Alumni farmer Christopher Horne and his wife, Michaela, stand smiling and surrounded by plants.
Alumni farmer Christopher Horne and his wife, Michaela, grow 25 varieties of vegetables and leafy greens on their farm.


This month, we’re featuring a few FoodCorps alumni farmers who are nourishing their communities. From small-scale farms to larger productions, these farmers’ stories highlight the profound impact of local food on schools and communities. We hope their stories will shed light on the importance of the farm to school and local food movements.

Make sure to read our other stories about farmers who served with FoodCorps, including LaBria Lane, Molly Schintler, and Pete Kerns and Natasha Hegmann.

Living and attending public school in Lowell, Mass., a city in the Boston metro area, Christopher didn’t envision becoming a farmer. But when his parents both faced major health crises when he was in college, Christopher’s family developed more appreciation for food’s ability to help them heal.

Christopher began growing vegetables in a small raised bed, then volunteering to build school and community gardens in Lowell. And as his vegetable production skills grew, so did his community engagement. At farmers markets and in an urban farm plot, Christopher worked with community members to educate adults and children about nutrition and inspire a love of cooking.

Since Christopher didn’t have the opportunity to learn about urban gardening as a student, he especially loved working with school groups and applied to be a FoodCorps service member in partnership with AmeriCorps.

A lifelong commitment

“My FoodCorps service gave me the ability to work directly with Lowell Public Schools kids in gardens,” he said. Christopher served two years, which allowed him to develop the community relationships and knowledge to start his own farm and produce local food for his hometown.

Christopher also completed a yearlong program at the Farm School in rural North Central Massachusetts. Working and living on a farm gave him firsthand experience and confidence.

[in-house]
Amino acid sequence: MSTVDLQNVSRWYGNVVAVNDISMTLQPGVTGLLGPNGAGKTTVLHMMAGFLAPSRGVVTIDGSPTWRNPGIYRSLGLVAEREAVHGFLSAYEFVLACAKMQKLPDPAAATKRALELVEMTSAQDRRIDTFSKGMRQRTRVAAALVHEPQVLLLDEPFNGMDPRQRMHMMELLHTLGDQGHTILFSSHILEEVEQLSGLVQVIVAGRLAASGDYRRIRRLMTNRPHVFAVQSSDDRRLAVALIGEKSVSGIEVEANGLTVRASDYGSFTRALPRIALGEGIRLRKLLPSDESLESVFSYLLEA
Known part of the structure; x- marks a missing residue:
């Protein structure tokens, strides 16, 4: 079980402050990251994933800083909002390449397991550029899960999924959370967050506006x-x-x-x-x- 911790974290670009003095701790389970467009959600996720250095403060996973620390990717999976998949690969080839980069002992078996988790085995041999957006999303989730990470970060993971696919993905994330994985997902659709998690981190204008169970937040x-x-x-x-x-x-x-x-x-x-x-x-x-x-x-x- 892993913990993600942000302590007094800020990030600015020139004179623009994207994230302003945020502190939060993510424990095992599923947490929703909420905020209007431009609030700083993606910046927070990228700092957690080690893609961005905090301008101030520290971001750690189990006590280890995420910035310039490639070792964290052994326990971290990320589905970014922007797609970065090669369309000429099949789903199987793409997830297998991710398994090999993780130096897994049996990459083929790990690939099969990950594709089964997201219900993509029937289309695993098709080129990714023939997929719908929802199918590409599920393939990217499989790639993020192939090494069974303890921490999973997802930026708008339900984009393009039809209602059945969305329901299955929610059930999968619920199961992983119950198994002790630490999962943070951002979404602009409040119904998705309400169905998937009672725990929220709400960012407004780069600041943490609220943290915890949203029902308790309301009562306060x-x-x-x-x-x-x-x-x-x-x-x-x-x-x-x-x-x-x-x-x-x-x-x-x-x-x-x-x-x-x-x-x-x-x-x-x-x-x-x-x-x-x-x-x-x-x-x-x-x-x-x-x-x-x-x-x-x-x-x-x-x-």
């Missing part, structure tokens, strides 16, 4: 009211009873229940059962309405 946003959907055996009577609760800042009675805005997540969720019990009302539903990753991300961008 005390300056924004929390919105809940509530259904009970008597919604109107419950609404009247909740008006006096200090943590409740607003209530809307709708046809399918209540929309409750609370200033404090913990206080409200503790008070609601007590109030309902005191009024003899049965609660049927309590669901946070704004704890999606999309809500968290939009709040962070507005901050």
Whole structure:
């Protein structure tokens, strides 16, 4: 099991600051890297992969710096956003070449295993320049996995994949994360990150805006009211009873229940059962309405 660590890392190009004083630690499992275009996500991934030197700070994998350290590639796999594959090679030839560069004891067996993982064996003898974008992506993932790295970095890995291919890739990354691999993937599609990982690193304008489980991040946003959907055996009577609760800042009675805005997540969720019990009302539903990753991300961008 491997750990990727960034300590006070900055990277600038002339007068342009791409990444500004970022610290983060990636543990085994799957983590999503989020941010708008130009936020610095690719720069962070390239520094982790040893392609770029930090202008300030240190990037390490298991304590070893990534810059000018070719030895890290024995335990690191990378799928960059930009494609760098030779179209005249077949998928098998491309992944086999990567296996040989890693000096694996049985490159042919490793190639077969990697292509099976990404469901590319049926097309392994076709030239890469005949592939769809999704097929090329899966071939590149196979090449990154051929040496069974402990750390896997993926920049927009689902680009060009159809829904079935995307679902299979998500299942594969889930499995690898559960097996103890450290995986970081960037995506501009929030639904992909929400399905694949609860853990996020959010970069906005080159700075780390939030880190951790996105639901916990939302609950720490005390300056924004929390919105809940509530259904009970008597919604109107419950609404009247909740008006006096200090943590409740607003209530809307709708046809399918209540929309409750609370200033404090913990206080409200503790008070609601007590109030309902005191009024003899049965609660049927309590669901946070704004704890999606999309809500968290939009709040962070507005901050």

“There’s no right way to farm or garden—it depends on where you are and who your customers are. But the education I received was by far the most important factor in starting my farm business,” said Christopher. “And farming will be part of my life forever.”

Microfarming for the community

Christopher has now been growing for 10 years. Since 2018, he and his wife, Michaela, who also grew up in Lowell and is a middle school teacher, have nurtured Horne Family Farms, a half-acre organic, no-till microfarm on leased land in Londonderry, New Hampshire. Using 60 raised beds, they grow approximately 25 varieties of vegetables and leafy greens each April through November—ultimately offering tens of thousands of pounds of fresh, nutritious produce to Lowell community members.

Initially, the couple sold their harvest at farmers markets, but during the COVID-19 pandemic, they began offering CSA (Community Supported Agriculture) memberships and harvest-of-the-week bags to the public.

Connecting schools and the food system

Christopher also provides hands-on food education to students in Lowell Public Schools, the same school system that educated him and Michaela. He brings food to the cafeteria and gives the students lessons in creating pesto from kale, for example. In the winter, he joins teachers for after-school lessons that inspire kids to grow food and love cooking.

He believes that by using produce from local farms like Horne Family Farms, schools can connect their local community with our larger food system.

“This is what local food can look like: the fact that I came from this community and have so much passion to bring back what I’ve learned to it,” he said.

Horne Family Farms also welcomes Boston-area schoolchildren on tours as part of a farm to school program. “School groups are absolutely blown away that such a beautiful area exists just 25 minutes outside the city. It’s amazing how the kids light up,” he said.

Facing barriers

During Horne Family Farms’ fifth and most recent season, shipping, soil, and gas prices doubled. These financial challenges added more hurdles to succeeding as small farmers who cannot afford to have even a couple of bad weeks during the season—and who will soon face further pressures with a baby on the way.

Horne Family Farms also doesn’t have the acreage to meet increasing demand. Even with a bit more access that could expand the microfarm to one acre, Christopher could sell produce to more public schools, restaurants, farmers markets, and community members.

Yet Christopher faces the top barrier for young, beginning farmers: land access. He and Michaela live in Lowell but must travel to their farm in New Hampshire, creating additional transportation expenses and difficulties in addressing pest and drought issues.

“We’d be willing to sell our house and buy a farm, but that hasn’t been possible,” he said.

Changing the food system

Christopher and Michaela also rely on off-farm employment income. At the pub where he works, Christopher even hosts gardening classes. He teaches Lowell residents to garden in containers and raised beds, harvest vegetables, and preserve food—as well as offers transplants to help them get started.

“At the end of the day, when people start to grow and eat their own food, you’re changing the food landscape, and that’s an amazing thing,” he said.